Damn it, this can’t be happening! As programmers, we find ourselves time and again spiralling down into tighter loops of desperate troubleshooting, fighting the controls of our machinery and descending into what feels like a kind of madness. Later, when it’s all over, we realise that the clues we needed to recover the situation were staring us in the face all along, but we somehow couldn’t even see them.
There’s a reason for this: the nature of debugging for programmers means that it quickly tips us into these states, and then very effectively keeps us there.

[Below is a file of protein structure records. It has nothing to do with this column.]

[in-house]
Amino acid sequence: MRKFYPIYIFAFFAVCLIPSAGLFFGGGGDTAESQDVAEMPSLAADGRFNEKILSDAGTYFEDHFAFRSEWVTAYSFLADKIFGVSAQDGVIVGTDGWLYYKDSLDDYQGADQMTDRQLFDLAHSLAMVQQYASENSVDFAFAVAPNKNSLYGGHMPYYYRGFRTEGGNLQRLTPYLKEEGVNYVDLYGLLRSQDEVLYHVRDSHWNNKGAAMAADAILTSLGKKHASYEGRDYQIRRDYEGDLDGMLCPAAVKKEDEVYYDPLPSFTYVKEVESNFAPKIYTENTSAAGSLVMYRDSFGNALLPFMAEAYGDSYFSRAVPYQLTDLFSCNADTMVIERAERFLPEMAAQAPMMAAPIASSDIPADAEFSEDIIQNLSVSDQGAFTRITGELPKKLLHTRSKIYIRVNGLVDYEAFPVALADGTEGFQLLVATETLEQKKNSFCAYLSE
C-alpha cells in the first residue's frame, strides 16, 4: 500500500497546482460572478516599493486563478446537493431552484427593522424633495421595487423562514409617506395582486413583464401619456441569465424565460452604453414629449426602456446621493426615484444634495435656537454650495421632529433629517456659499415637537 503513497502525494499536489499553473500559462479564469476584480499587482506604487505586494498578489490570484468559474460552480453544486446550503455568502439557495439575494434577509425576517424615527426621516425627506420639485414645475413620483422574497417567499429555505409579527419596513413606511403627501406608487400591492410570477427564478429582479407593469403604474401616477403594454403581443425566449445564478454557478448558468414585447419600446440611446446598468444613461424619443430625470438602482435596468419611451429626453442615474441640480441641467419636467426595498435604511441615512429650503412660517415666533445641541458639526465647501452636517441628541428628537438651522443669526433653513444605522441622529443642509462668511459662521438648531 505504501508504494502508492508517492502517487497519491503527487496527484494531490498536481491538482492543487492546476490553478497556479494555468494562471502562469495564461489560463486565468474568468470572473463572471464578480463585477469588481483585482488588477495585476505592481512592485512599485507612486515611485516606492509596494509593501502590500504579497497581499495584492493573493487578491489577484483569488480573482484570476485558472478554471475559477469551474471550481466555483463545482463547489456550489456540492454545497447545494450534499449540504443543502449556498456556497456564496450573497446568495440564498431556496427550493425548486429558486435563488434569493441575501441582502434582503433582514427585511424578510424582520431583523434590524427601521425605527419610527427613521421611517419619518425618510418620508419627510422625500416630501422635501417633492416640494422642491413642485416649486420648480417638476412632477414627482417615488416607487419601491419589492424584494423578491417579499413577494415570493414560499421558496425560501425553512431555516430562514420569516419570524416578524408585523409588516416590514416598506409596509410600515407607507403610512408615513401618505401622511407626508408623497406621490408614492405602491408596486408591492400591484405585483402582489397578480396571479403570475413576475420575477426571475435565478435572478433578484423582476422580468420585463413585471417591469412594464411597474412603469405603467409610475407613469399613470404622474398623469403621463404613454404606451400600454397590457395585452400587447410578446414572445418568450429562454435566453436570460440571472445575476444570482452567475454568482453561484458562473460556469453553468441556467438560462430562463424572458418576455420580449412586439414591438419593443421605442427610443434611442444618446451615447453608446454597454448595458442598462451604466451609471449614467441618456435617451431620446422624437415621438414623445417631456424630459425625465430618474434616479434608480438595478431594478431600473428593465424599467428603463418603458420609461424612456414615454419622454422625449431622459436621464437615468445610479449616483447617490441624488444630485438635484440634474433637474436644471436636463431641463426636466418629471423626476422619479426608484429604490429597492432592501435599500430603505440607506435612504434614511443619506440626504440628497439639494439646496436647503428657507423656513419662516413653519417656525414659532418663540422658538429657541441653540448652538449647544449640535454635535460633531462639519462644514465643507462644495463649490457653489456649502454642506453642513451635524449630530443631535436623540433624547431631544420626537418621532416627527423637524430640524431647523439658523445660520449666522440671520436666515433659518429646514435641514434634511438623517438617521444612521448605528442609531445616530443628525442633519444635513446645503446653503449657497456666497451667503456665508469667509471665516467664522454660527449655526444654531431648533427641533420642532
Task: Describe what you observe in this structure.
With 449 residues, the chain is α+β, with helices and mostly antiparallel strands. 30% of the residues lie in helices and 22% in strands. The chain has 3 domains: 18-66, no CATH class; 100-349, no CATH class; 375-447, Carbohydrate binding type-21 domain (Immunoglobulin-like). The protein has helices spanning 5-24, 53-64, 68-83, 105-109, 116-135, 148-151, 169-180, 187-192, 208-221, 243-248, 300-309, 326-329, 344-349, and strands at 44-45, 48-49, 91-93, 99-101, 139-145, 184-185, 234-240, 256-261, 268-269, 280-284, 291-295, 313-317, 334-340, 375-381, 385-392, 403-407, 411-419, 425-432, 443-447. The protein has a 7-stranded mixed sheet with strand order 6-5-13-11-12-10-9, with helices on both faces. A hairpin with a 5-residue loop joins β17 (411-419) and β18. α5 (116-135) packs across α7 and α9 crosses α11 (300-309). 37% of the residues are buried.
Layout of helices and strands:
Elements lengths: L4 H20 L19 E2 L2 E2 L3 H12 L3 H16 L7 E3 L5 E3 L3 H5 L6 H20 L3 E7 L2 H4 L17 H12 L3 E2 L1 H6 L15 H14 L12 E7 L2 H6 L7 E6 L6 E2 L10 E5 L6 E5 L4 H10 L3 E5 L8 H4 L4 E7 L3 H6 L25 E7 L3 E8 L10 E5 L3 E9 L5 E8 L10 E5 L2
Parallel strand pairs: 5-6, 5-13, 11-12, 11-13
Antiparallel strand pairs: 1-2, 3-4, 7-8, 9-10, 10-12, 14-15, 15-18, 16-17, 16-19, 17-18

In programming we have worked hard to improve some aspects of programmers’ work, creating methodologies, development frameworks, paradigms, practices and thinking deeply about how to solve the problems of producing good code. We have done very little work to improve the way we debug our code,
The good news is that although programmers have not developed very adequate strategies or techniques for mitigating the risks that debugging draws us into, other industries, and in particular aviation, have. We can learn from their lessons without paying their price.